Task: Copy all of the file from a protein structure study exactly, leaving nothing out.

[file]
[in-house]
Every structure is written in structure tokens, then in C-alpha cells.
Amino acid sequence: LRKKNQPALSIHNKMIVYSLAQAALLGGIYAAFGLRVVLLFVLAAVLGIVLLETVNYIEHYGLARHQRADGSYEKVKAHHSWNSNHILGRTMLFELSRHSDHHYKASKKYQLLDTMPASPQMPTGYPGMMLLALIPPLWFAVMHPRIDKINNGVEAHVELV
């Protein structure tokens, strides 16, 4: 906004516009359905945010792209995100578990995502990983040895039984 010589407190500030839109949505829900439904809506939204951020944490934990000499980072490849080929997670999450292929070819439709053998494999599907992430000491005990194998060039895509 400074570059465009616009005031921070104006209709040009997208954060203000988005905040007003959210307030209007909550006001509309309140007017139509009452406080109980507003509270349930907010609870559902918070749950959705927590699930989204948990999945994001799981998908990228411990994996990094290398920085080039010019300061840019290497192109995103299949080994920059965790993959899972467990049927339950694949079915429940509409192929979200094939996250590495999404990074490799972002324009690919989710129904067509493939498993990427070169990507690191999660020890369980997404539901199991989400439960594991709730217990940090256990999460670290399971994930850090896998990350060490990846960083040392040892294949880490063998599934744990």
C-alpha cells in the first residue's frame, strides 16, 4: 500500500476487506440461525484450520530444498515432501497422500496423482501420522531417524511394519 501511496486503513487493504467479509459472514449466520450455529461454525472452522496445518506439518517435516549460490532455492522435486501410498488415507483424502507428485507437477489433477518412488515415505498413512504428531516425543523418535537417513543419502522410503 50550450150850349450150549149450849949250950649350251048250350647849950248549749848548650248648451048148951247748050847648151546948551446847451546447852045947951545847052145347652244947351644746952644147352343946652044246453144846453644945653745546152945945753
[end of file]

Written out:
[in-house]
Every structure is written in structure tokens, then in C-alpha cells.
Amino acid sequence: LRKKNQPALSIHNKMIVYSLAQAALLGGIYAAFGLRVVLLFVLAAVLGIVLLETVNYIEHYGLARHQRADGSYEKVKAHHSWNSNHILGRTMLFELSRHSDHHYKASKKYQLLDTMPASPQMPTGYPGMMLLALIPPLWFAVMHPRIDKINNGVEAHVELV
């Protein structure tokens, strides 16, 4: 906004516009359905945010792209995100578990995502990983040895039984 010589407190500030839109949505829900439904809506939204951020944490934990000499980072490849080929997670999450292929070819439709053998494999599907992430000491005990194998060039895509 400074570059465009616009005031921070104006209709040009997208954060203000988005905040007003959210307030209007909550006001509309309140007017139509009452406080109980507003509270349930907010609870559902918070749950959705927590699930989204948990999945994001799981998908990228411990994996990094290398920085080039010019300061840019290497192109995103299949080994920059965790993959899972467990049927339950694949079915429940509409192929979200094939996250590495999404990074490799972002324009690919989710129904067509493939498993990427070169990507690191999660020890369980997404539901199991989400439960594991709730217990940090256990999460670290399971994930850090896998990350060490990846960083040392040892294949880490063998599934744990």
C-alpha cells in the first residue's frame, strides 16, 4: 500500500476487506440461525484450520530444498515432501497422500496423482501420522531417524511394519 501511496486503513487493504467479509459472514449466520450455529461454525472452522496445518506439518517435516549460490532455492522435486501410498488415507483424502507428485507437477489433477518412488515415505498413512504428531516425543523418535537417513543419502522410503 50550450150850349450150549149450849949250950649350251048250350647849950248549749848548650248648451048148951247748050847648151546948551446847451546447852045947951545847052145347652244947351644746952644147352343946652044246453144846453644945653745546152945945753